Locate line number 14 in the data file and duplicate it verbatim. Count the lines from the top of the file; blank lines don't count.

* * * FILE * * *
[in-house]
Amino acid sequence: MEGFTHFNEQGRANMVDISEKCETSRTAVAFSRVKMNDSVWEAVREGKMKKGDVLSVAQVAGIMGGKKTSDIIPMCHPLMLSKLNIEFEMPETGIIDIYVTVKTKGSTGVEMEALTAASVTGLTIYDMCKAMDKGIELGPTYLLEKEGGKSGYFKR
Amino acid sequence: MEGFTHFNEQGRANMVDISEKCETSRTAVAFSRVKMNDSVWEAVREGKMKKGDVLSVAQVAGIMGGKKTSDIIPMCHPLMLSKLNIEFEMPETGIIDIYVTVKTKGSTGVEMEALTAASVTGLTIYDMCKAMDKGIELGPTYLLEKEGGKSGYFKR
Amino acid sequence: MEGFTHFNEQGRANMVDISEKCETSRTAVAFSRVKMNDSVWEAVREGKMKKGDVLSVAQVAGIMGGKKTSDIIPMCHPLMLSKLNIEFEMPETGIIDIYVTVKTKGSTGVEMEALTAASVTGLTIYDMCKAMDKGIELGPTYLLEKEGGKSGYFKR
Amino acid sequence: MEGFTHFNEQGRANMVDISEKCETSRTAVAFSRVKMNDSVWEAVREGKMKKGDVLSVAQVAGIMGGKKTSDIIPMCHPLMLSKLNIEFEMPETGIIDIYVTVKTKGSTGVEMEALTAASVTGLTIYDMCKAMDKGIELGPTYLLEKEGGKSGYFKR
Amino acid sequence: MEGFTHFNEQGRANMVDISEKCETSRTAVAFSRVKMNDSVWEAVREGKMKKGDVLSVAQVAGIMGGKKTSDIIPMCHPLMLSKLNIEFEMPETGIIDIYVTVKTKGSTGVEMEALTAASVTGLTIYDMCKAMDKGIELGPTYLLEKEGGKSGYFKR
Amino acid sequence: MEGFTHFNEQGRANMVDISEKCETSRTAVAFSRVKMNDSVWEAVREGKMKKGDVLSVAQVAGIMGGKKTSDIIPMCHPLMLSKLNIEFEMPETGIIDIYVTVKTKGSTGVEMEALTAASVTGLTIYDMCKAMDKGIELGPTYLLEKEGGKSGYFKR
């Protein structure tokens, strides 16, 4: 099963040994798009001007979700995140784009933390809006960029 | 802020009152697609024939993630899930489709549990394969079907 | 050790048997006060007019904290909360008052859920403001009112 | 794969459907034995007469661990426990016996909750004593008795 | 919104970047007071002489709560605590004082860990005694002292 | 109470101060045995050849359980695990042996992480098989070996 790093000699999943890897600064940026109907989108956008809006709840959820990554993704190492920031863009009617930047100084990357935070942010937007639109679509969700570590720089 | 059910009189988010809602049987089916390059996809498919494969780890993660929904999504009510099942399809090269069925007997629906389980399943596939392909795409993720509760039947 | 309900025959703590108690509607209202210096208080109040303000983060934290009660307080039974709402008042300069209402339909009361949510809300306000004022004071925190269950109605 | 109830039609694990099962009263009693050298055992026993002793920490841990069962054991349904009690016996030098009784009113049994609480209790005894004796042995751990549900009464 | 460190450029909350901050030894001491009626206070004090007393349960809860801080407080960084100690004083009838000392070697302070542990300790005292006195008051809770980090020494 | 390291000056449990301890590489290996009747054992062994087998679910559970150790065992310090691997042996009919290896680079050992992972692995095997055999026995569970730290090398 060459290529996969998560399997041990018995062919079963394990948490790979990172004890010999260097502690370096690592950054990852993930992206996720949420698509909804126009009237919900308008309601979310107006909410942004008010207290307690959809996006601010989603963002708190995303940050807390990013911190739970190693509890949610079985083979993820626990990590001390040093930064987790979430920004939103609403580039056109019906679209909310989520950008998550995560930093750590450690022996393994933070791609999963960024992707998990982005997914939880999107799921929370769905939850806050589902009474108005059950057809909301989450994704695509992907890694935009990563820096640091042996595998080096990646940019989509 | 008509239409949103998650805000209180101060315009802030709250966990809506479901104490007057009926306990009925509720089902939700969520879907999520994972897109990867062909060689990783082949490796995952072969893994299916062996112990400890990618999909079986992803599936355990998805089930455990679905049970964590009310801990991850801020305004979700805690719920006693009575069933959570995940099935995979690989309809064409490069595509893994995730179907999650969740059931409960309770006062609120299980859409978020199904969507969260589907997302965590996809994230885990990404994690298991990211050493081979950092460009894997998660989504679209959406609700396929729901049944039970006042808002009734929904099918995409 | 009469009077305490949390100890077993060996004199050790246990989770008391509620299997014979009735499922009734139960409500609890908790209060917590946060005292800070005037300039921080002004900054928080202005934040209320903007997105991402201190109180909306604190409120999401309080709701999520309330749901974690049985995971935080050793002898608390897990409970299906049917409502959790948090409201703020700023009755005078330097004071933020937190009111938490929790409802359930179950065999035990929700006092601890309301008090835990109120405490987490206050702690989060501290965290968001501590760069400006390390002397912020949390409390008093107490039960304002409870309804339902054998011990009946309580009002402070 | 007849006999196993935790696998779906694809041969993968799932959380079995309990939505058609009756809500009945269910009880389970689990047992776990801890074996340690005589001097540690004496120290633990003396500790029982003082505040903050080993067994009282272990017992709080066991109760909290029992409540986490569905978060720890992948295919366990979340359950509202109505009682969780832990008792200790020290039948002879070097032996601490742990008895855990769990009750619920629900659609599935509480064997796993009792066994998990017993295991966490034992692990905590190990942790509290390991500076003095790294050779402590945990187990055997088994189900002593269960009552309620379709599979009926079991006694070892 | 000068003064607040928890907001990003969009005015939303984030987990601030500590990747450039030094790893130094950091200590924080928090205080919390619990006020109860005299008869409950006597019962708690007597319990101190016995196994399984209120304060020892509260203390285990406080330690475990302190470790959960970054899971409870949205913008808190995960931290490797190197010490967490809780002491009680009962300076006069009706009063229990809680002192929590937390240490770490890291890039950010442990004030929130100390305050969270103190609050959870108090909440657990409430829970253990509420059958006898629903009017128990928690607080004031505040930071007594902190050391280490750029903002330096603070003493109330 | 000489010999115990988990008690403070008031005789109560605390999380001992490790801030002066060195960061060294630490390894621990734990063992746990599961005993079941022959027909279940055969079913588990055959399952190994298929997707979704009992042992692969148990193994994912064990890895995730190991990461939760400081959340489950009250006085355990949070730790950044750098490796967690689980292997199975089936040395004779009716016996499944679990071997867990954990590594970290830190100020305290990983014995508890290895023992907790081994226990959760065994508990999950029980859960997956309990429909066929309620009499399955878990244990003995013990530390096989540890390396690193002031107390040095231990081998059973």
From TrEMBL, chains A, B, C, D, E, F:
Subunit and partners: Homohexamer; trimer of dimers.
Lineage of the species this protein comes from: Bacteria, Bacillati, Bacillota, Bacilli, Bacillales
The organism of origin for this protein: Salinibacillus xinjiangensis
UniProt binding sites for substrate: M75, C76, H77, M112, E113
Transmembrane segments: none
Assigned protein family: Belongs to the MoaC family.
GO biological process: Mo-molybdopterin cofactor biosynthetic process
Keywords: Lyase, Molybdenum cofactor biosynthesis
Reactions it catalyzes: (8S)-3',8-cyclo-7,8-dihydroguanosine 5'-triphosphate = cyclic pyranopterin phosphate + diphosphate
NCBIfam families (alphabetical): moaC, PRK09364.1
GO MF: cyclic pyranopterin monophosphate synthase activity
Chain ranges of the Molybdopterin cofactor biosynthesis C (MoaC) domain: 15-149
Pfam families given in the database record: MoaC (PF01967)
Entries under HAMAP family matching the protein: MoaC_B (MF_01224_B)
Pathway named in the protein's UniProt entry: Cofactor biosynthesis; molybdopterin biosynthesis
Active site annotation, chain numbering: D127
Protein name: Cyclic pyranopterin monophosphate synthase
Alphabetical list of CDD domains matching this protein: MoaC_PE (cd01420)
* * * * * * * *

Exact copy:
Transmembrane segments: none